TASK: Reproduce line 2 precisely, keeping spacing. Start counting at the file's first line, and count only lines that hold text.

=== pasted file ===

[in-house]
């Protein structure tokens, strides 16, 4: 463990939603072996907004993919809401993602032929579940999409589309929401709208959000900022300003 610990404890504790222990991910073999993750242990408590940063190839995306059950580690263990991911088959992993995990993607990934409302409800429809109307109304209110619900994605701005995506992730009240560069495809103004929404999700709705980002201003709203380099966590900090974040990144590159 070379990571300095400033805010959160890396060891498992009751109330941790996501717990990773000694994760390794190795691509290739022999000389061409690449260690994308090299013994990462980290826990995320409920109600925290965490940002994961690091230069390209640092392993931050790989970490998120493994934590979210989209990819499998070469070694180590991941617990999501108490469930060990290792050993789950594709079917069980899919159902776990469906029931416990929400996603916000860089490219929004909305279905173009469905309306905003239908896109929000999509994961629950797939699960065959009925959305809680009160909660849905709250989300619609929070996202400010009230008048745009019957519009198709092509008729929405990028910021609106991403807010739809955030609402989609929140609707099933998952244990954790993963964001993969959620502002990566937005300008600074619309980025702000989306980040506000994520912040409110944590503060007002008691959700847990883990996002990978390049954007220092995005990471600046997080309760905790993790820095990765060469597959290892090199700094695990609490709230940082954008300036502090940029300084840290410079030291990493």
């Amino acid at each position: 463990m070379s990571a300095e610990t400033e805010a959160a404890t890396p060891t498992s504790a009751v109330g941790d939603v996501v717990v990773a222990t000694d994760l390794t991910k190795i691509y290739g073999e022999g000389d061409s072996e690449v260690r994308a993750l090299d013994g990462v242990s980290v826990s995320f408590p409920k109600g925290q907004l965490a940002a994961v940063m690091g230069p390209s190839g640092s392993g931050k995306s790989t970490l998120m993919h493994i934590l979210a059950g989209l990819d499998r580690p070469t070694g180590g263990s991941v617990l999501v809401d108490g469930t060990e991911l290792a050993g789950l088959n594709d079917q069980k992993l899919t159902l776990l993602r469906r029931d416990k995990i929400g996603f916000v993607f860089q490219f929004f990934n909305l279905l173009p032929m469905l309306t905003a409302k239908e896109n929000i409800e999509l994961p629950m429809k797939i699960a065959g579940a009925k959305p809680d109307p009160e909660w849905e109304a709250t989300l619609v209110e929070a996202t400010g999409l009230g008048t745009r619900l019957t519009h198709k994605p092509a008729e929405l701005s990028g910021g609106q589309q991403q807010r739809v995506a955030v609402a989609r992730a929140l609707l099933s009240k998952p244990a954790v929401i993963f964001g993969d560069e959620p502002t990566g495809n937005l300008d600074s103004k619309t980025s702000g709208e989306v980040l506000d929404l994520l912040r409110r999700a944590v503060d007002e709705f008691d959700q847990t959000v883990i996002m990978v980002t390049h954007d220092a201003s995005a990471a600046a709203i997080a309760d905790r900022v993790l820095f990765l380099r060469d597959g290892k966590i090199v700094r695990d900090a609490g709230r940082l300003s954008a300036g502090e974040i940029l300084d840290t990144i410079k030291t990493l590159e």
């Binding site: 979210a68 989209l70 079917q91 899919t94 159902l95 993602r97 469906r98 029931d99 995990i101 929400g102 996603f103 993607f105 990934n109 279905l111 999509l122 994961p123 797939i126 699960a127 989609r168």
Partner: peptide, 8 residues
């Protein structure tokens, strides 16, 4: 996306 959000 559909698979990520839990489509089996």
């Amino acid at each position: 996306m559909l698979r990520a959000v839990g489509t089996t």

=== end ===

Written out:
């Protein structure tokens, strides 16, 4: 463990939603072996907004993919809401993602032929579940999409589309929401709208959000900022300003 610990404890504790222990991910073999993750242990408590940063190839995306059950580690263990991911088959992993995990993607990934409302409800429809109307109304209110619900994605701005995506992730009240560069495809103004929404999700709705980002201003709203380099966590900090974040990144590159 070379990571300095400033805010959160890396060891498992009751109330941790996501717990990773000694994760390794190795691509290739022999000389061409690449260690994308090299013994990462980290826990995320409920109600925290965490940002994961690091230069390209640092392993931050790989970490998120493994934590979210989209990819499998070469070694180590991941617990999501108490469930060990290792050993789950594709079917069980899919159902776990469906029931416990929400996603916000860089490219929004909305279905173009469905309306905003239908896109929000999509994961629950797939699960065959009925959305809680009160909660849905709250989300619609929070996202400010009230008048745009019957519009198709092509008729929405990028910021609106991403807010739809955030609402989609929140609707099933998952244990954790993963964001993969959620502002990566937005300008600074619309980025702000989306980040506000994520912040409110944590503060007002008691959700847990883990996002990978390049954007220092995005990471600046997080309760905790993790820095990765060469597959290892090199700094695990609490709230940082954008300036502090940029300084840290410079030291990493």